Changes to other policy areas like migration and asylum require support from a “qualified majority” of EU members — meaning at least 15 states which also represent at least 65% of the bloc’s population. Last week, the limits of this political arithmatic were also on display when Germany greenlit reforms to a new rulebook for migration crises, only for fellow heavyweight Italy to swiftly walk out and leave the deal deadlocked.
Under the current system, Ukraine — with its population of more than 40 million — would become one of the most politically powerful countries in the EU. Meanwhile, each smaller Western Balkan state such as Montenegro — population circa 620,000 — or Albania with its roughly 2.7 million inhabitants — would add more voices into the mix.
“The more the member states there are, the more risk of having veto players that block decisions,” Nguyen said. That could prove even tougher for politically-loaded calls like blocking EU funds to countries accused of breaching rule of law standards.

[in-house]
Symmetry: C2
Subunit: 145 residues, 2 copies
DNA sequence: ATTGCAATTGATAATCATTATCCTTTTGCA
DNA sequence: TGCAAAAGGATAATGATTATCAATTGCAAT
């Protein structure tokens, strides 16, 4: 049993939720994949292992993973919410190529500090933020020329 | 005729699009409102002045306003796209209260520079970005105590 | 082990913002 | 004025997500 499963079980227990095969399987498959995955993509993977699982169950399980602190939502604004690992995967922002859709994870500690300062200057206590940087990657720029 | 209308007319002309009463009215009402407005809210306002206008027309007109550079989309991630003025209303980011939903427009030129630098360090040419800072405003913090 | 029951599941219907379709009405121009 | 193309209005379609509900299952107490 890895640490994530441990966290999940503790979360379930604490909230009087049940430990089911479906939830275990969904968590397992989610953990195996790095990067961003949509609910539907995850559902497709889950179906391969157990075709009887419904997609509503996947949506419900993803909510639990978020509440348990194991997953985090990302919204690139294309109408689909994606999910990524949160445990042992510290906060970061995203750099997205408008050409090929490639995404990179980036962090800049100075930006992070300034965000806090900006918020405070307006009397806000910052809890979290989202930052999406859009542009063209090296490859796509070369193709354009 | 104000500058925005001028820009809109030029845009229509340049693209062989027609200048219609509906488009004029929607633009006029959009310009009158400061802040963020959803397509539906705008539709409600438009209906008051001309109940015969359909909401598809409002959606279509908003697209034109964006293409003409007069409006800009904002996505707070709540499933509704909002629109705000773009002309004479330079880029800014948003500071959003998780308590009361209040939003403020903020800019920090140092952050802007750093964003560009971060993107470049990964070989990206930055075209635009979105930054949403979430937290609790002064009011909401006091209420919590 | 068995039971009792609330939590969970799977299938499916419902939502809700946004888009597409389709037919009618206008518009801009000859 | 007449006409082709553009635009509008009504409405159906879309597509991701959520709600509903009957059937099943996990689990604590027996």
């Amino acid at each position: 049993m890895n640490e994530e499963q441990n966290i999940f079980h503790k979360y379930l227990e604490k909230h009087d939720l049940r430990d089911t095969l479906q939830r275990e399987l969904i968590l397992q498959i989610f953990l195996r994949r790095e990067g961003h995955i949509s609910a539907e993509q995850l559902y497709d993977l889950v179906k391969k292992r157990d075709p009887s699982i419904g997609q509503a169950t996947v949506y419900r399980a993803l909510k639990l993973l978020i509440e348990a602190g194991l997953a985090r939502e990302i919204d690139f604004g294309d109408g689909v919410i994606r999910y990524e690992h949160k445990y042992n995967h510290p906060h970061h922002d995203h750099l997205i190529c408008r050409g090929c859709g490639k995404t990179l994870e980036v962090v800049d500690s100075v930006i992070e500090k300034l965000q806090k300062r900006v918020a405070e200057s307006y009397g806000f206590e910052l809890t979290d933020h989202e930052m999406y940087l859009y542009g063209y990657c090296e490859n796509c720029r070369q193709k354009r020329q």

Nguyen and her co-authors therefore suggest scrapping unanimity and recalculating qualified majority voting shares to make sure a bigger EU still has the “capacity to act.” Controversially, that proposal would also make it more difficult for big powers France and Germany to block agreement.
But such reforms would require a rewrite of the bloc’s founding laws and need support from member states who would lose power in the reshuffle. And, as Nguyen acknowledges, “the political mood currently is not very favorable toward treaty change.”
Ukraine grain dispute heralds potential budget bust-ups
Then there’s the question of how to divvy up EU funds across deeper economic disparities. Most EU candidates have a lower GDP per capita than the bloc’s current poorest member Bulgaria — and with around a third of Brussels’ current budget assigned to agriculture subsidies, the arrival of farming powerhouse Ukraine would radically shift the current disribution sheet.